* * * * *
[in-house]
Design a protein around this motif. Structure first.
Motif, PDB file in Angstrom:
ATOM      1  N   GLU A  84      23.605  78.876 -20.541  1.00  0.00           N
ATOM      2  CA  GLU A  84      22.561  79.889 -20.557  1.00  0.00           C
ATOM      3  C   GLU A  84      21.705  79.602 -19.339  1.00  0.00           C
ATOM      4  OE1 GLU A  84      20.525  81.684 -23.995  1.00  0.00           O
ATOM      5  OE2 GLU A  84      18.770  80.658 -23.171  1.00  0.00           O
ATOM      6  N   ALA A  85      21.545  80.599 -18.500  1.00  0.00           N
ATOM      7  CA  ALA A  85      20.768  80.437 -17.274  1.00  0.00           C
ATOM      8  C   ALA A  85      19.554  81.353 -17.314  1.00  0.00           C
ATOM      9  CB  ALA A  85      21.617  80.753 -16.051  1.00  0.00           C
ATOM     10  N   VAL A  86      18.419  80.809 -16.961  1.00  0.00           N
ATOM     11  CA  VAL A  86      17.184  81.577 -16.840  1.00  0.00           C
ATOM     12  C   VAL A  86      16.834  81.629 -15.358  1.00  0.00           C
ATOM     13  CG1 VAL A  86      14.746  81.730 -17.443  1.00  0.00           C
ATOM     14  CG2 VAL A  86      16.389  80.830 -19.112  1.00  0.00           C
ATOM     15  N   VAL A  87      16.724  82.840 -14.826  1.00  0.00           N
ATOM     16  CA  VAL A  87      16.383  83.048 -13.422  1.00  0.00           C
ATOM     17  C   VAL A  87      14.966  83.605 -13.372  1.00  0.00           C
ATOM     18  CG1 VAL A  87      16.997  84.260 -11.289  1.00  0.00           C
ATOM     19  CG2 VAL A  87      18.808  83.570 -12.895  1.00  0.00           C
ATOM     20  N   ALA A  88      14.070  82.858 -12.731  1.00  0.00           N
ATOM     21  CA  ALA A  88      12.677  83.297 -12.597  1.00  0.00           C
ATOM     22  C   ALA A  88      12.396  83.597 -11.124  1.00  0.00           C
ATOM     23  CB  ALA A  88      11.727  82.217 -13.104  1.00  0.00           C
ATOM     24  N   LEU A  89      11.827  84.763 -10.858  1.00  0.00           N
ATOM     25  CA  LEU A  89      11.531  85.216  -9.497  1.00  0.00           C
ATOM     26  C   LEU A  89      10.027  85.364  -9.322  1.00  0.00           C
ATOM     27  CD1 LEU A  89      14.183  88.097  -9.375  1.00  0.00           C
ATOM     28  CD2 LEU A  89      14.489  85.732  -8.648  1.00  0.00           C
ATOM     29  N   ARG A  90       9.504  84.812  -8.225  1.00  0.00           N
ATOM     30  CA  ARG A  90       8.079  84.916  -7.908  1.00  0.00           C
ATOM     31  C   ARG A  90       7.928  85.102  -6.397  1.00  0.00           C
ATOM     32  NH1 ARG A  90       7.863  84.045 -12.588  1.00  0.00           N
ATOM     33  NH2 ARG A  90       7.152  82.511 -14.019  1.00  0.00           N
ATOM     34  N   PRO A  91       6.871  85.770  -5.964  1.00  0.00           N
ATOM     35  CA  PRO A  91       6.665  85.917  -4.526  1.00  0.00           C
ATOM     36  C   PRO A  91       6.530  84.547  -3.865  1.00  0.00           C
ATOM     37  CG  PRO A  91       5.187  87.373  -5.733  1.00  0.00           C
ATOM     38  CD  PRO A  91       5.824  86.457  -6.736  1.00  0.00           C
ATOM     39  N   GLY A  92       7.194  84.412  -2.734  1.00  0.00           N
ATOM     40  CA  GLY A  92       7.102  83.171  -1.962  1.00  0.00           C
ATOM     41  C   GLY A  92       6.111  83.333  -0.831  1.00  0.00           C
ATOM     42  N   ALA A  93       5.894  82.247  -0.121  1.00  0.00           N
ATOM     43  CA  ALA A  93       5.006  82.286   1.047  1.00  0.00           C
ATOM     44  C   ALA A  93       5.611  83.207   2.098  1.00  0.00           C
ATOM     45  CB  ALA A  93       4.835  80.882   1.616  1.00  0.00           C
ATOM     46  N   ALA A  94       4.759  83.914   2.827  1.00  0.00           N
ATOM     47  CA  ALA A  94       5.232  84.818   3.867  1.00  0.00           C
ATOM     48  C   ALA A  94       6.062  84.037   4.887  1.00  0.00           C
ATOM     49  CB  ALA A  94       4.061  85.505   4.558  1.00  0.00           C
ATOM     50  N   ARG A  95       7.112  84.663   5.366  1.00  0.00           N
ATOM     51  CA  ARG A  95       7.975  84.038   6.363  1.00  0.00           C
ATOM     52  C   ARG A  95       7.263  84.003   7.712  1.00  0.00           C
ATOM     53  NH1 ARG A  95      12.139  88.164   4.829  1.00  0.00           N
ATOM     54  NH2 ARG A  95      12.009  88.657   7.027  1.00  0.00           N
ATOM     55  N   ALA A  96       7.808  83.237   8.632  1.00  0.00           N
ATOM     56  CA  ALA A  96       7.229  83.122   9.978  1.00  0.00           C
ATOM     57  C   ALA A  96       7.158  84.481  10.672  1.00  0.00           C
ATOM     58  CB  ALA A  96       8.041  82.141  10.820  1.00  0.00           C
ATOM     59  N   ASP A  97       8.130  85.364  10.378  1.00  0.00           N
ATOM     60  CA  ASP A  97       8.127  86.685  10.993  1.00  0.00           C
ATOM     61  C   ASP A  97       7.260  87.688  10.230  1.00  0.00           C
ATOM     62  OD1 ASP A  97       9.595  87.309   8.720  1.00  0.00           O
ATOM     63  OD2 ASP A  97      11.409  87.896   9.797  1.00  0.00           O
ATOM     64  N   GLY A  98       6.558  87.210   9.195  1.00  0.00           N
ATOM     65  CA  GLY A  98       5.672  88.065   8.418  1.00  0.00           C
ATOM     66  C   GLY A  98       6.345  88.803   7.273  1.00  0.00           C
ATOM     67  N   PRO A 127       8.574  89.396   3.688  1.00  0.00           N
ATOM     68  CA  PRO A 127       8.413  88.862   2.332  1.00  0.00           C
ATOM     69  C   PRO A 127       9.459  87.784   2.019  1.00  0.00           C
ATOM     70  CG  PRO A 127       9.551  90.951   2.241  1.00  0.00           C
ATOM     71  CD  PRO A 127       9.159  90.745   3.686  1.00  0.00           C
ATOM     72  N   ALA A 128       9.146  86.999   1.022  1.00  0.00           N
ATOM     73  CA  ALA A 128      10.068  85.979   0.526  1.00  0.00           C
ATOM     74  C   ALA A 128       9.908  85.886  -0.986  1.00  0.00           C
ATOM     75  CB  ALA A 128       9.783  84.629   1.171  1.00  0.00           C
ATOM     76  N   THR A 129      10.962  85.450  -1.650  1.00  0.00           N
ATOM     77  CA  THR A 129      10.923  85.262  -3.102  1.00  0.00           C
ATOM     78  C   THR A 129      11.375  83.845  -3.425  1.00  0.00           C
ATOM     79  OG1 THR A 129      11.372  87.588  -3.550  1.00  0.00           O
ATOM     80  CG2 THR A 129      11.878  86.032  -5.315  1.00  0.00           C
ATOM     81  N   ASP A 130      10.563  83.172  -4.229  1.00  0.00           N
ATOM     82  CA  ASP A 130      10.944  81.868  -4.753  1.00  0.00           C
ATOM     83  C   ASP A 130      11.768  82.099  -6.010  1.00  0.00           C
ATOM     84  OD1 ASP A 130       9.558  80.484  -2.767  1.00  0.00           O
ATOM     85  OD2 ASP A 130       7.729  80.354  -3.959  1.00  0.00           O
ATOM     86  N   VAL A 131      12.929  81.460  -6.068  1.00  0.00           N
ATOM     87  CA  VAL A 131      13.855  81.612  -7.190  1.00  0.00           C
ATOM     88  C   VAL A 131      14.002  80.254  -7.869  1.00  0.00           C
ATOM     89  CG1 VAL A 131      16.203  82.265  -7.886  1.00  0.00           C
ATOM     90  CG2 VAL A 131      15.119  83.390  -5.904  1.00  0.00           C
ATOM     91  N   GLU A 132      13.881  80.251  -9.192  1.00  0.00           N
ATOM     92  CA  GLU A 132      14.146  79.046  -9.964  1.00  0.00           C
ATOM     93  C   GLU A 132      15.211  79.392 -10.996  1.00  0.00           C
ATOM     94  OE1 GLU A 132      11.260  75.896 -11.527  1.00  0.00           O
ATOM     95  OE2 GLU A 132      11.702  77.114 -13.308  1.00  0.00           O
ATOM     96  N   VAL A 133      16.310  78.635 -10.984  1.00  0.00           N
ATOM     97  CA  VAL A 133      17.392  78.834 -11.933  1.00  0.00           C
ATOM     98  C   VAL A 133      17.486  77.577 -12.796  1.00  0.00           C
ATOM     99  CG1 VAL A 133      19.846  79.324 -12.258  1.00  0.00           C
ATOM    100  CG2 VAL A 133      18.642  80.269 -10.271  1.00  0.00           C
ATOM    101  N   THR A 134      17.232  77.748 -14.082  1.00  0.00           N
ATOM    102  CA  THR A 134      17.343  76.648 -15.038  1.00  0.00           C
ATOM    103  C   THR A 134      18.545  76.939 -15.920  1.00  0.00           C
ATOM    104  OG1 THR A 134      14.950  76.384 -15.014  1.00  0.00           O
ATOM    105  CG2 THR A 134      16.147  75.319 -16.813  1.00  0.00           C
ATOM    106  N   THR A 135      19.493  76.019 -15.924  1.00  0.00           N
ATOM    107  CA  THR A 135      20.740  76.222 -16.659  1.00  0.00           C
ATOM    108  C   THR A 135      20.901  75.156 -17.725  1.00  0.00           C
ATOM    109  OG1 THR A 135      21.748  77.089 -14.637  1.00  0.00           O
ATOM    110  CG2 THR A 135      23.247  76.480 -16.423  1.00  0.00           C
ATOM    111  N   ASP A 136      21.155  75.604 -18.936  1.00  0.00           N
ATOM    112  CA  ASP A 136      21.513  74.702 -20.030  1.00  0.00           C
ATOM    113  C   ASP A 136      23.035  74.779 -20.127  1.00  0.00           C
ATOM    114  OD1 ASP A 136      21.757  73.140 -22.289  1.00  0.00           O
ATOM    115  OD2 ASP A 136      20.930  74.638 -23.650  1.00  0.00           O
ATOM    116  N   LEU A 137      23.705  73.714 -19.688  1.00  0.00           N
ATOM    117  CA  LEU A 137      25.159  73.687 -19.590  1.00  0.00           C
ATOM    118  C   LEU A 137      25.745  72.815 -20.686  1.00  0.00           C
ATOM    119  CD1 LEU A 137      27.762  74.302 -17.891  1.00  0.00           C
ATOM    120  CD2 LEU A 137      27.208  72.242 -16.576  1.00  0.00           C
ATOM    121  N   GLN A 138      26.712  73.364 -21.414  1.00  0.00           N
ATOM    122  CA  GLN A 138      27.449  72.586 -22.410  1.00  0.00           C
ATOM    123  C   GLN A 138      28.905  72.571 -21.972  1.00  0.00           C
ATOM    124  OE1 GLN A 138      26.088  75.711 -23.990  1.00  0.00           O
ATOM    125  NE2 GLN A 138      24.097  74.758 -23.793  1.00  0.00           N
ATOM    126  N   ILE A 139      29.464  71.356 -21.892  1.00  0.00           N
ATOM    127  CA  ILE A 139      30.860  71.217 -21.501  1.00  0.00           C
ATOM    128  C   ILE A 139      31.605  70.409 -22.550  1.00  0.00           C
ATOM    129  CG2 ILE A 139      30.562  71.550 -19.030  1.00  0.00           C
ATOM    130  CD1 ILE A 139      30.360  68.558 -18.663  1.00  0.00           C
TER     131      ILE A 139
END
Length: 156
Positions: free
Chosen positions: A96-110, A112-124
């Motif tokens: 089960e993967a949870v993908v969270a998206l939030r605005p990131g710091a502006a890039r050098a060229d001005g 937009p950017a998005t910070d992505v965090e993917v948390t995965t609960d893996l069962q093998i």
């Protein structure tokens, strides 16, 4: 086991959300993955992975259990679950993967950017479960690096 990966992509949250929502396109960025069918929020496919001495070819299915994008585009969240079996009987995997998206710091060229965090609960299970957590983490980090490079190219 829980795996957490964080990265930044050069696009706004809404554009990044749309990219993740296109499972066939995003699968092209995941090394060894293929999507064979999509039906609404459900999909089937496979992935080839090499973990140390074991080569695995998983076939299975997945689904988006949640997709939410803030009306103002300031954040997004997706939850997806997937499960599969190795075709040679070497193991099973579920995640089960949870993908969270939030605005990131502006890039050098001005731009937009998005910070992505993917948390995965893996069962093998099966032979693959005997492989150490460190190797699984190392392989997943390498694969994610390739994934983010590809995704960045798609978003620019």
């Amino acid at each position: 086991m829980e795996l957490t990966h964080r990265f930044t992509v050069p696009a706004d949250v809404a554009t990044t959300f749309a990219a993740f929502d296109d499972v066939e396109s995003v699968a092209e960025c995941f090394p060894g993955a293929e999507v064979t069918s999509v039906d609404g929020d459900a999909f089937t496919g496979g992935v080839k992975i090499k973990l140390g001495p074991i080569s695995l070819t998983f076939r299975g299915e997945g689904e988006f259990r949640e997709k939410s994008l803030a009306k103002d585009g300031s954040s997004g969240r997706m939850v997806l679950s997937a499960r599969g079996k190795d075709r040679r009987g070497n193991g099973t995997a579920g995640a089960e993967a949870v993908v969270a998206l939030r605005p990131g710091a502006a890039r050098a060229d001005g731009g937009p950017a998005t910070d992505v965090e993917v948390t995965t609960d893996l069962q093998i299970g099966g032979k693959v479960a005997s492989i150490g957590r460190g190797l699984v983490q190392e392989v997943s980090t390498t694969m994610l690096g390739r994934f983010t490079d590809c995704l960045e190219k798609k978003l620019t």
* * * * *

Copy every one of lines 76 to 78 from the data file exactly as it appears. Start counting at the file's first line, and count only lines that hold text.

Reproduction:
ATOM     73  CA  ALA A 128      10.068  85.979   0.526  1.00  0.00           C
ATOM     74  C   ALA A 128       9.908  85.886  -0.986  1.00  0.00           C
ATOM     75  CB  ALA A 128       9.783  84.629   1.171  1.00  0.00           C